Athlete - The Lowry - 13.7.11
The bar at the Lowry Theatre was bustling, fans steadily gathering and drinks are flowing in readiness for the Deptford, Indie band Athlete, who are taking to the stage in just over an hour.
The four-piece met when they were in their teens and have gone on to have international success since the release of their début single ‘Westside’ in 2001.
Tonight we arrive in time to see the support band, My First Tooth performing their last few songs.
We are seated on the front row which seems great for a review, but strange for a photo shoot, but later on these seats prove to be best seats in the house .
Ten minutes after My First Tooth pack away the last of their instruments we see Joel Pott doing a quick pre-gig guitar check. He has a stunning selection of guitars on stage, each as one as stunning as the next, including and exquisite golden Greisch.
The band arrive on stage, and on time, Joel apologises that their drummer Steve Roberts isn’t with them tonight, but that they do have his laptop, he grins wickedly. I instantly feel that something will be missing tonight. However, the strings are getting strummed and the band immediately launch into Half Light (a track from their second album Tourist released in 2005), followed by Super Human Touch from their last album ‘Black Swan’. Without the drums, the band seem more enthusiastic.
Pott performs Love Come Rescue and Vehicles and Animals Solo on his acoustic guitar. His voice is deep and sultry, luring us into the heart of every song and I really feel he’s making an tremendous effort to please him audience.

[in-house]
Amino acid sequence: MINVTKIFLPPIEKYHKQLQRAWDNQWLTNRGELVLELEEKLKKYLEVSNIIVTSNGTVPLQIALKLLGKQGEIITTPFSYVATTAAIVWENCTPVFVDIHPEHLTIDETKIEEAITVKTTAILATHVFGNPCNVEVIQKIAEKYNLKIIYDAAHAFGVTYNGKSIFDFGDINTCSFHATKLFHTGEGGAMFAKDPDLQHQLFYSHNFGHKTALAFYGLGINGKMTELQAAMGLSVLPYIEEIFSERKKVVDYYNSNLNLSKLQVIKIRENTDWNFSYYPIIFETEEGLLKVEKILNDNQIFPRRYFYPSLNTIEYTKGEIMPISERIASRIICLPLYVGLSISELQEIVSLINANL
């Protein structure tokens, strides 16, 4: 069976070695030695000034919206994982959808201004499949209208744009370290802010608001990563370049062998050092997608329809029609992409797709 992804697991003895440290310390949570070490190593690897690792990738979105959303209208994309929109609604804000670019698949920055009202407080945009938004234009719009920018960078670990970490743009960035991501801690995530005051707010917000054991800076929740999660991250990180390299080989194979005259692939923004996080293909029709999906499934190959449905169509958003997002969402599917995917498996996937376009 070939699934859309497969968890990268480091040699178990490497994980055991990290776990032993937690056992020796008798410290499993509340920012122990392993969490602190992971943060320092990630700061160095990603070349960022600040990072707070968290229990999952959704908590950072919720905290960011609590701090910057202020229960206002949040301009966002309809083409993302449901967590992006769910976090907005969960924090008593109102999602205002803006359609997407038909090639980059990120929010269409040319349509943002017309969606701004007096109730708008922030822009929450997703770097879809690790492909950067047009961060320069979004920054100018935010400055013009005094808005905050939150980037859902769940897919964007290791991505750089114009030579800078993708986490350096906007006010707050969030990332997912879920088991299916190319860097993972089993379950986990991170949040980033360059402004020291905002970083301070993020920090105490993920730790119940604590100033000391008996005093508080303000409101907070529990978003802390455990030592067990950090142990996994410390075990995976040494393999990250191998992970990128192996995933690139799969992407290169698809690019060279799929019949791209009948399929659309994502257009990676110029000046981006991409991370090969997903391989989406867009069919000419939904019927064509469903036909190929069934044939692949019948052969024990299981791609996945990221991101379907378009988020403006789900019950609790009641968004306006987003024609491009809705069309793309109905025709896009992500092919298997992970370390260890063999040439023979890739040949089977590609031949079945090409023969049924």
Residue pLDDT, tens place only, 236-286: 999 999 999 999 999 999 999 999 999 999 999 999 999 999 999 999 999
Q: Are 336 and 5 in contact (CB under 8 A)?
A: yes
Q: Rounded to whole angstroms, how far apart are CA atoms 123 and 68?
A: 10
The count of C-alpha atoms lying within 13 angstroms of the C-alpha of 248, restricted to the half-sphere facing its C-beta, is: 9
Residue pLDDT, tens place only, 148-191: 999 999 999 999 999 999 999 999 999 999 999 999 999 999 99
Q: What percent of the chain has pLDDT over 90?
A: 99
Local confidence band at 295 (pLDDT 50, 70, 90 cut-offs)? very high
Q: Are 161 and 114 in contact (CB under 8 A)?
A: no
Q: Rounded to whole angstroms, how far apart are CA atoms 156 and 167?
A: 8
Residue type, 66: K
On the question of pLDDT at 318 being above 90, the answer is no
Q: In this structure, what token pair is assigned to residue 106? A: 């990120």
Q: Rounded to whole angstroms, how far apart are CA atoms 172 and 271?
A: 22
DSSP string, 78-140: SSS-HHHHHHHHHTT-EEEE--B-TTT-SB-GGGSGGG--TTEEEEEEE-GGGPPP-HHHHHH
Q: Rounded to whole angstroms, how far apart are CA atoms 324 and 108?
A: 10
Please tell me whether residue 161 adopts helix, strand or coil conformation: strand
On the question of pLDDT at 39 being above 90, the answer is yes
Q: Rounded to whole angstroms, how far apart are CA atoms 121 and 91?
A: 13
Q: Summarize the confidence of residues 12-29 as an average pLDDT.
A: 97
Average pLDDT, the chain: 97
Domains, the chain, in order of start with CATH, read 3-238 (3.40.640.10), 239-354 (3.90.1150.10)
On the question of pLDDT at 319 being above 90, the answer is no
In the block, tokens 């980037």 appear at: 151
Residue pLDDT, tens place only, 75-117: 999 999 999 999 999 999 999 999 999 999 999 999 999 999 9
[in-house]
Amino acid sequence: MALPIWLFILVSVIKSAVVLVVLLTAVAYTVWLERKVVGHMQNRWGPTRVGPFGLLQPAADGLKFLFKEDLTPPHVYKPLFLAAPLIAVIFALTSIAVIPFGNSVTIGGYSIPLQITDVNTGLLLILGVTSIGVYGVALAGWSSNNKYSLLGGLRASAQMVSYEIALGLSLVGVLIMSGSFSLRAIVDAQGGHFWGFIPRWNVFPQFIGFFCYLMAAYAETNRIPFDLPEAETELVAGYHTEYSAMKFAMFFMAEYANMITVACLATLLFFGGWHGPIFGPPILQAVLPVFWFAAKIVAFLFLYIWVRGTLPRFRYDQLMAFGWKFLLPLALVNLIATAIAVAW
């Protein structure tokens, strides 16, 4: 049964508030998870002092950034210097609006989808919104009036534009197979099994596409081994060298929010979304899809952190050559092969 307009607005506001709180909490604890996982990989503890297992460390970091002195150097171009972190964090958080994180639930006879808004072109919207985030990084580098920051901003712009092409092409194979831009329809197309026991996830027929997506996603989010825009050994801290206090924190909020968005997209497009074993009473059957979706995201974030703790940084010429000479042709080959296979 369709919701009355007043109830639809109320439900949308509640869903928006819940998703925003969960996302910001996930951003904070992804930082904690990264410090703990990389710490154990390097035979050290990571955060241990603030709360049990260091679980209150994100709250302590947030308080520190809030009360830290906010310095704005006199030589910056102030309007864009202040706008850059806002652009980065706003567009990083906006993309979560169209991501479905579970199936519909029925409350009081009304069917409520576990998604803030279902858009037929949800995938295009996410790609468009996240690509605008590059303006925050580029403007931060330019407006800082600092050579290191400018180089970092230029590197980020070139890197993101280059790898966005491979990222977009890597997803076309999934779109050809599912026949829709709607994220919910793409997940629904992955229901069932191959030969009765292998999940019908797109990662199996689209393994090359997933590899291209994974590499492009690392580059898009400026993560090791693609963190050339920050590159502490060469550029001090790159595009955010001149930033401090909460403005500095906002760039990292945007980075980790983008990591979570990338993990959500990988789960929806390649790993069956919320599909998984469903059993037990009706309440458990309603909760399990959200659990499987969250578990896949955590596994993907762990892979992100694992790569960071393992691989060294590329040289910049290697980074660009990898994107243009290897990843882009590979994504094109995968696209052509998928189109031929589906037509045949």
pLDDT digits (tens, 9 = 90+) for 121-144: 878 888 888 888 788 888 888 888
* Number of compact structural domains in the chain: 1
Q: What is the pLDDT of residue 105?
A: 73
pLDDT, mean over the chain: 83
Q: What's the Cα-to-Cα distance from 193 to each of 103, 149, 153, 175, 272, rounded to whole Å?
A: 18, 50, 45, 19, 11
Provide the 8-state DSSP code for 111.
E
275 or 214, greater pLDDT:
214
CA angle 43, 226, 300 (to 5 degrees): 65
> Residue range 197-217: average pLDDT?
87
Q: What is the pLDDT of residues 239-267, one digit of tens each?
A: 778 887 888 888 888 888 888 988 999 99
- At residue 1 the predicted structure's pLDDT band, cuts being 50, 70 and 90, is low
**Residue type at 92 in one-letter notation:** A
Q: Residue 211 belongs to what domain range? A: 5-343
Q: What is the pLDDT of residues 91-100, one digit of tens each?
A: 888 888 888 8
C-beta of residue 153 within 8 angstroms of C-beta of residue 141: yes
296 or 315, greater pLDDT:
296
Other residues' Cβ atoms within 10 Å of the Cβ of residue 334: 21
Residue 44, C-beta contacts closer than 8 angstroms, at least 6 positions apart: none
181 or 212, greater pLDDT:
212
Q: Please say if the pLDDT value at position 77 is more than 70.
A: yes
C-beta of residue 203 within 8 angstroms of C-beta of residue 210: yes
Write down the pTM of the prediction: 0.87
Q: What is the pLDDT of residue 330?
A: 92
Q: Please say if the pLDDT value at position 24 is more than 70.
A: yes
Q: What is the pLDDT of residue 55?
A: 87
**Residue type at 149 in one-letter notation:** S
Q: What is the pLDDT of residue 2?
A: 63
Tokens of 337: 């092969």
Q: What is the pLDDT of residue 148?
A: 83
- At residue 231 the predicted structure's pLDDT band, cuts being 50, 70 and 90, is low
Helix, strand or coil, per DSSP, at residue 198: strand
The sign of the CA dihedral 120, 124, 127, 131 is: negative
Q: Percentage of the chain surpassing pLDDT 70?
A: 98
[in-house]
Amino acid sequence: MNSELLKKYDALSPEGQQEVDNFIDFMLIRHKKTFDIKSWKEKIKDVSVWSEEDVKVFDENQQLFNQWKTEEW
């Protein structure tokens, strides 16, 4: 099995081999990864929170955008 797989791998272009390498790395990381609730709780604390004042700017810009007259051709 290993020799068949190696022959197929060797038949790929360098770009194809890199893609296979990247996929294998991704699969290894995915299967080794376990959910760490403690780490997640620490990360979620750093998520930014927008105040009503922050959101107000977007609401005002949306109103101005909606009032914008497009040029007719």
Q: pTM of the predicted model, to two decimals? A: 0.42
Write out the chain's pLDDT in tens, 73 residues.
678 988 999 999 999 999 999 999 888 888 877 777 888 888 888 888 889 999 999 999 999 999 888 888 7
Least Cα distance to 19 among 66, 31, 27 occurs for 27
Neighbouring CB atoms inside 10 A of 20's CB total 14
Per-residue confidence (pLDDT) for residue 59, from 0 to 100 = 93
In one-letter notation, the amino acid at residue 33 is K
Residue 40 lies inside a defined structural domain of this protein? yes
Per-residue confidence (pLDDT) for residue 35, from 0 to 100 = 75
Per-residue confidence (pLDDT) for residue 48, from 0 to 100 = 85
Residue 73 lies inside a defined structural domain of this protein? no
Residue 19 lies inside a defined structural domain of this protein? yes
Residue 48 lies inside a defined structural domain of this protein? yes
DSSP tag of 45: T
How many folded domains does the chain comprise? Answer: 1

The last time I saw Athlete perform was at Band on the Wall early in 2010, and I’d forgotten how much I loved their music. Their lyrics reflecting some of life’s most difficult and heart wrenching situations without being over dramatic. Listen carefully to the words of Rubik’s Cube and The Getaway and (Black Swan).
Pott encourages the audience participate, he jokes with his fans about Salford and said how he loves Manchester and then apologises ‘sorry Salchester’ he laughs, enjoying the interaction. He was neither shy nor outlandish, talking to us between songs, which gave the gig a more intimate feel.
Hurricane (their second track from Beyond the Neighbourhood) was sung at a slower tempo than the recorded version, but didn’t disappoint. Pott encouraged the audience to stand, egging them up and out of their cramped seats. The gig was a sell-out and I wondered why such a small, and seated, venue was chosen. Seated being unusual for a band that has such a strong and active on-stage presence. It’s hard to dance along when your wedged between the aisles.
The band performed songs from all four albums Vehicles and Animals (2003), Tourist (2005), Beyond the Neighbourhood (2007) and Black Swan (2009).
The encore seemed to some too soon for my liking, but it was brief, and they were soon back on stage and launched into The Getaway.
Their finale was grand and carefully orchestrated. The band braced themselves momentarily. The opening chords of Wires being instantly recognisable. The band receiving a tremendous cheer from the audience. Wires, reached number four in the UK singles charts and was written by Pott following the premature birth of his daughter. It never fails to bring a tear to your eyes.
I think the audience were expecting more. And I, for one, could have listened to them all night. The only disappointing factor was they didn’t sing my favourite song Chances.
Oh well... Maybe next time...
Words / Photo: Amanda J Window
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